Ayaan Hirsi Ali is now a former ardent atheist, embracing the lure of Christianity. But how justified and surprising is her move back to religion?
Ayaan Hirsi Ali is, or shall I say was, a famous anti-theist, anti-Islamic author, and debater. She has vociferously advocated that Islam is not a religion of peace, and has often been seen as a fringe member of the New Atheist movement. So it comes as quite a shock that she has just publicly announced her conversion to Christianity.
But is it as surprising as it at first may seem?
Hirsi Ali has actually courted some controversy with her fairly ardent and right-wing views on Islam. When living in The Netherlands after receiving political asylum, she represented the centre-right People’s Party for Freedom and Democracy (VVD). She fairly recently claimed that “If you disagree with the left, you’re punished.” In The New Statesman article in which she says this, Freddie Hayward adds the following:
While her politics over the past two decades may not be easily categorised, Hirsi Ali has been consistent in her impassioned advocacy of women’s rights and fervent criticism of Islam….
Associating immigration with sexual violence is a trope frequently adopted by the nativist far right. Anyone who has observed a Tommy Robinson rally, for instance, knows the emotive impact that claims of immigrant violence against white women have on his supporters. Some might accuse Hirsi Ali of feeding such reactionary politics.
It then seems a fairly good fit that she announced her conversion in the right-leaning, crypto-religious Unherd media site. This is a media site that often rails against the woke left and so it is hardly a surprise that Hirsi Ali reasons as follows in her piece as to why she changed and became a Christian:
Part of the answer is global. Western civilisation is under threat from three different but related forces: the resurgence of great-power authoritarianism and expansionism in the forms of the Chinese Communist Party and Vladimir Putin’s Russia; the rise of global Islamism, which threatens to mobilise a vast population against the West; and the viral spread of woke ideology, which is eating into the moral fibre of the next generation.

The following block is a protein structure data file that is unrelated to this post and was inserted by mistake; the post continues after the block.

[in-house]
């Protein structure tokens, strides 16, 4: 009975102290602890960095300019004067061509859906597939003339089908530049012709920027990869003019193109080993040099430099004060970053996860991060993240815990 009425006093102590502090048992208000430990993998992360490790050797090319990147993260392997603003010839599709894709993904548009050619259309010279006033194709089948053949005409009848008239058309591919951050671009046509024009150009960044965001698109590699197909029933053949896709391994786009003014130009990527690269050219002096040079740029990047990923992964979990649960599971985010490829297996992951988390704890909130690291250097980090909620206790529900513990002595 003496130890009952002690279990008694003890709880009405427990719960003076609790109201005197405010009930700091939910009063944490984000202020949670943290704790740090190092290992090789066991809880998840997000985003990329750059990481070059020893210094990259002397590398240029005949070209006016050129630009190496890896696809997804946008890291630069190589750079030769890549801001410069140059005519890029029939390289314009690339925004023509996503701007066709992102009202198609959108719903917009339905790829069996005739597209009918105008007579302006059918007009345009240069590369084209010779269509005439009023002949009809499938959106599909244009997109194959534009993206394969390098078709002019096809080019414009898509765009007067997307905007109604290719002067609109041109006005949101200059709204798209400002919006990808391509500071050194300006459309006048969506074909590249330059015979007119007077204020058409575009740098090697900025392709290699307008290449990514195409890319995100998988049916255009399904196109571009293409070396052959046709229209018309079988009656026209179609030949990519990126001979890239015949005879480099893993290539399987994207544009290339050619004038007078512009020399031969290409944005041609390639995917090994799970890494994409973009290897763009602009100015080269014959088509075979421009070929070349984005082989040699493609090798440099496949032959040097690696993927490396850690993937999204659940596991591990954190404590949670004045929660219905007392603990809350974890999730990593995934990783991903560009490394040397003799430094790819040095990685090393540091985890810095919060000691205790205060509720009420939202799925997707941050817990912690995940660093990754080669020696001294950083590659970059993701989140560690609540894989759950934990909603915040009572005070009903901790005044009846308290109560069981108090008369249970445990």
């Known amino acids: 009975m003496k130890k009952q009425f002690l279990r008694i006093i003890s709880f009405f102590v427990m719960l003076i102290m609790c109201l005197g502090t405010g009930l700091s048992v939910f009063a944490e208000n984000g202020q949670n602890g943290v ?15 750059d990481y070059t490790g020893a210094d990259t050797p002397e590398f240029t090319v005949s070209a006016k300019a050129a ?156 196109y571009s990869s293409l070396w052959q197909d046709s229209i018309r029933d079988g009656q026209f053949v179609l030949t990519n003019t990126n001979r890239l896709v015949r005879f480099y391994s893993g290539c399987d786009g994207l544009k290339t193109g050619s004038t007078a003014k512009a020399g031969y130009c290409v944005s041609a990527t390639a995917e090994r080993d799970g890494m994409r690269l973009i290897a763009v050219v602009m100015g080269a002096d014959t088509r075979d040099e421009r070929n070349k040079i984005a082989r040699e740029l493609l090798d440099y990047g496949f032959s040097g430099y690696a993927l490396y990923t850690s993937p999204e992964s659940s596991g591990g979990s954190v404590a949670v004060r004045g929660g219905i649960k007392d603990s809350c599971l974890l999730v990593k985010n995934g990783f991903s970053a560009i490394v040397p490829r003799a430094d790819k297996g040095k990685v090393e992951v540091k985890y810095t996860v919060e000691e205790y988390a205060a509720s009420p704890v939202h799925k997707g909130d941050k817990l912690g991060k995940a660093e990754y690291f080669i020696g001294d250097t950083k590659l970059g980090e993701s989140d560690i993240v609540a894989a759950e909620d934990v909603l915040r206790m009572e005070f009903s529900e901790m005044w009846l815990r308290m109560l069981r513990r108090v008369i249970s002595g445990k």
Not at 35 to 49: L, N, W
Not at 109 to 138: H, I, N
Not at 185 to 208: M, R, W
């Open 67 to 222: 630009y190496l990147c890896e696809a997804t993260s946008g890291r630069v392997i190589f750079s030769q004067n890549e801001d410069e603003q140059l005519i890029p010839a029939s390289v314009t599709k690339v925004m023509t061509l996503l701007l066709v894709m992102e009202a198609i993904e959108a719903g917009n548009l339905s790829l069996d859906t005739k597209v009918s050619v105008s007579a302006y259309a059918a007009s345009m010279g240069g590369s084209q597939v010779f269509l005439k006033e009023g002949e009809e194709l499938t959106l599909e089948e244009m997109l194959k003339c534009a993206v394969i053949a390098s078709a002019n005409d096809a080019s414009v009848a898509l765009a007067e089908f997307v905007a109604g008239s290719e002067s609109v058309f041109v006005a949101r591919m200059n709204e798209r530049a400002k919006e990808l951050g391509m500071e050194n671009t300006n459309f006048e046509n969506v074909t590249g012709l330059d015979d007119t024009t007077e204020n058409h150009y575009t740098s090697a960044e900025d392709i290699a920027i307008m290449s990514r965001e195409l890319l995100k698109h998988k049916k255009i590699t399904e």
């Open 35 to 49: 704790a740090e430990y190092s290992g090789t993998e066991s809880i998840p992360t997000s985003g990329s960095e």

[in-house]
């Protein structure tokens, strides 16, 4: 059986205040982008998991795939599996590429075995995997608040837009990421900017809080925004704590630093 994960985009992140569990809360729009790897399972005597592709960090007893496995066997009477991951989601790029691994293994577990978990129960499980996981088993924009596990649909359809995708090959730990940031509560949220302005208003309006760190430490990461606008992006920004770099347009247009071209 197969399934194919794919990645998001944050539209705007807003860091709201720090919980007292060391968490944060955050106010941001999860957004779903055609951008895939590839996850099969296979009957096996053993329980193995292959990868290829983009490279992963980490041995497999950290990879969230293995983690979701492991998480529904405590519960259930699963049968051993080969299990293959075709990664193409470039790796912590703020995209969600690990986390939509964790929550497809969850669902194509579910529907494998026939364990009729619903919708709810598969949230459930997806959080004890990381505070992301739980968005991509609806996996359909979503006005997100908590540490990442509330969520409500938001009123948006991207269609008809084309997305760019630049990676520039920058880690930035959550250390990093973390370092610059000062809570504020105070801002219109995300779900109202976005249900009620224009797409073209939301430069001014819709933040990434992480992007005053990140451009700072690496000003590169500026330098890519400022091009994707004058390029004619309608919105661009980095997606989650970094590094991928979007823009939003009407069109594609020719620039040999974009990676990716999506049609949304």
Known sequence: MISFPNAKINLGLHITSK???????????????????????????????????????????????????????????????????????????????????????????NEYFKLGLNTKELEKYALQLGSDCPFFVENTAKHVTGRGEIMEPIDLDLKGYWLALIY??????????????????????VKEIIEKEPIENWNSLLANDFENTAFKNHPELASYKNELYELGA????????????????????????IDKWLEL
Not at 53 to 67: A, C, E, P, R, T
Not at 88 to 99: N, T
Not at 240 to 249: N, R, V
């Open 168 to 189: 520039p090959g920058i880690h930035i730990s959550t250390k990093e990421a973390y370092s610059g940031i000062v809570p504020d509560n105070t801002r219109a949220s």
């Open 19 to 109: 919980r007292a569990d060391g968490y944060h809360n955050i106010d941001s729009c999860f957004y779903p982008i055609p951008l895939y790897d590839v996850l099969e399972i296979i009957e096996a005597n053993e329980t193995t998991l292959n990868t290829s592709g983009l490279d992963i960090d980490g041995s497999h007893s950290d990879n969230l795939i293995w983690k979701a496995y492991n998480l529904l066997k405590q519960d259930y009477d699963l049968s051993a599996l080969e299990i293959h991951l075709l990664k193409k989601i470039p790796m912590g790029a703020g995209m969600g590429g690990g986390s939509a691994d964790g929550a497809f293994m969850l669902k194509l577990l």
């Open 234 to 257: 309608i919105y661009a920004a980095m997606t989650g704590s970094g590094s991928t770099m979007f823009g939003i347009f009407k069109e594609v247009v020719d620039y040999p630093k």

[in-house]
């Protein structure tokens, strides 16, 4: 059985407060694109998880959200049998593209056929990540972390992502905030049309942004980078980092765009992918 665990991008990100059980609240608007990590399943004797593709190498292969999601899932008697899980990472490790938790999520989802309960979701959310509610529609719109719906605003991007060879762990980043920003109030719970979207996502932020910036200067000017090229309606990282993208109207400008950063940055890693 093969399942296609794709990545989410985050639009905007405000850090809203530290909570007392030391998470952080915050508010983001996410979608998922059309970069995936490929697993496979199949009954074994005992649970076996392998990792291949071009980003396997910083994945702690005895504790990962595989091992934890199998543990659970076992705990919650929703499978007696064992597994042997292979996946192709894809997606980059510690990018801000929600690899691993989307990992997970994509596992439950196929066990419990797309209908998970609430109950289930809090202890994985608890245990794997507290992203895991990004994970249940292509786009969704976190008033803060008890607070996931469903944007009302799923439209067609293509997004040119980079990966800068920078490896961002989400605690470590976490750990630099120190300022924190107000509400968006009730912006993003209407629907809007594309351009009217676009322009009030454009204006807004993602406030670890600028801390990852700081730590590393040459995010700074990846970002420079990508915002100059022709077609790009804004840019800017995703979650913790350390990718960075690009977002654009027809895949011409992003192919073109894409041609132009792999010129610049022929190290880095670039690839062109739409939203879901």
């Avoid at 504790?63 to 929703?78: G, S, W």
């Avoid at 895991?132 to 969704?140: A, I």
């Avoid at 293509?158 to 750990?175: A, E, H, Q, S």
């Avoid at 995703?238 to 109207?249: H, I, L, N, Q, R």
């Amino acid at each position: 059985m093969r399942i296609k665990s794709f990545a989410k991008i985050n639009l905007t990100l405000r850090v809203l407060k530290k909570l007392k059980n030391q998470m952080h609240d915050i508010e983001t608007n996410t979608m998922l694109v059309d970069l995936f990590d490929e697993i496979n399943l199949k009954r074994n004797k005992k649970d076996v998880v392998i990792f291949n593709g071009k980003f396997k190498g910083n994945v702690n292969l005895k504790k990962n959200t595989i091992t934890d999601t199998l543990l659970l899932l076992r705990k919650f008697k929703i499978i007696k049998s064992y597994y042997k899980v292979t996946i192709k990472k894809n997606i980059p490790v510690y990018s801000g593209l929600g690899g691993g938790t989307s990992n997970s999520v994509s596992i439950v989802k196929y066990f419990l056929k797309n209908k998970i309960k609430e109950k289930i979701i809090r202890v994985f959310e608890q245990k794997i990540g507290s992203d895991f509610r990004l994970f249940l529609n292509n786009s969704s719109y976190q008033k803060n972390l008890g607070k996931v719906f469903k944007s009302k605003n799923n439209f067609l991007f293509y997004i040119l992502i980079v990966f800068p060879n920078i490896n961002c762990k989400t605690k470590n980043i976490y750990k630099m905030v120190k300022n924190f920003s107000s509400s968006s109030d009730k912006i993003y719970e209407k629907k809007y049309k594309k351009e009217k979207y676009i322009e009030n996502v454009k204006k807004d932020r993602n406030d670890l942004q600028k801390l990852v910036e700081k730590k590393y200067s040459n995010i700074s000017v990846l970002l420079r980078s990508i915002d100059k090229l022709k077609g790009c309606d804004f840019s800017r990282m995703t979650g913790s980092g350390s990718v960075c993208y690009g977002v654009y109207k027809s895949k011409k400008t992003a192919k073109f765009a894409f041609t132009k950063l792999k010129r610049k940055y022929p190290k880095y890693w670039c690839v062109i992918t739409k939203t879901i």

The “viral spread of woke ideology” sounds like the rhetoric of someone on Fox News, or a presidential candidate (think Ron DeSantis or Vivek Ramaswamy) vying to be the anti-woke next Trump. I have found other atheists consumed by the noxious fumes emitted from the boiling cauldron of anti-woke potion-making, stirred by the likes of Jordan Peterson and other such thinkers. Whether it be atheists Peter Boghossion or James Lindsay, or similar, I sense that there is a very real chance that at some point such otherwise fervent atheists could start cavorting with Christianity. Indeed, according to The Skeptic, Lindsay’s venture, New Discourses, has its website run by him as part of his business with Michael O’Fallon, founder of the Christian Nationalist group Sovereign Nations.
In other words, we can arguably see how an atheist might be able to jump to theism via politics. The jump may not be as vast a vault as one might imagine given some kind of iteration of the horseshoe theory.
Hirsi Ali continues in the same vein a little later:
In this nihilistic vacuum, the challenge before us becomes civilisational. We can’t withstand China, Russia and Iran if we can’t explain to our populations why it matters that we do. We can’t fight woke ideology if we can’t defend the civilisation that it is determined to destroy. And we can’t counter Islamism with purely secular tools. To win the hearts and minds of Muslims here in the West, we have to offer them something more than videos on TikTok.
There is not just a little whiff (and an erroneous one) of functionality to her newfound belief. It is not anything to do with the evidential truth of the Christian narrative or any rational argument for it, but that it is a useful tool—a necessary one—to fight the evil of Islamism. For her, secular Enlightenment thinking is not a sharp enough tool to cut through the falsity of Islam.
She admits at the end of her piece that she still has “a great deal to learn about Christianity,” Which is an admission that she has arrived at her new worldview for reasons other than it being the most plausible explanation of reality.
The other canard that raises its ugly head is the absence of meaning in a worldview concerned with nonbelief. This “nihilistic vacuum,” as she puts it, leaves her feeling unsatisfied. As she says, “Atheism failed to answer a simple question: what is the meaning and purpose of life?”
Of course, this is a well-trodden trope. Atheism doesn’t supply meaning for it is merely a lack of belief in God, or in my understanding, a positive belief that God does not exist. And that’s it. Meaning needs to come from oneself. I would even argue that this is the case whether you believe in God or not. A third party (in this case, God) thrusting their meaning and purpose on me strips me of one of the most important aspects of human agency. Meaning and purpose are concepts constructed by humans for the use and motivation of humans.
Above all else, perhaps, is the notion of fear for her. Again, not a positive evidential argument for Christianity, but one of perceived psychological need. As she declares, “Fear is the basis of the whole thing—fear of the mysterious, fear of defeat, fear of death. As an atheist, I thought I would lose that fear.”
I can’t help but think that she has singularly failed to interact with the positive philosophy of secular humanism.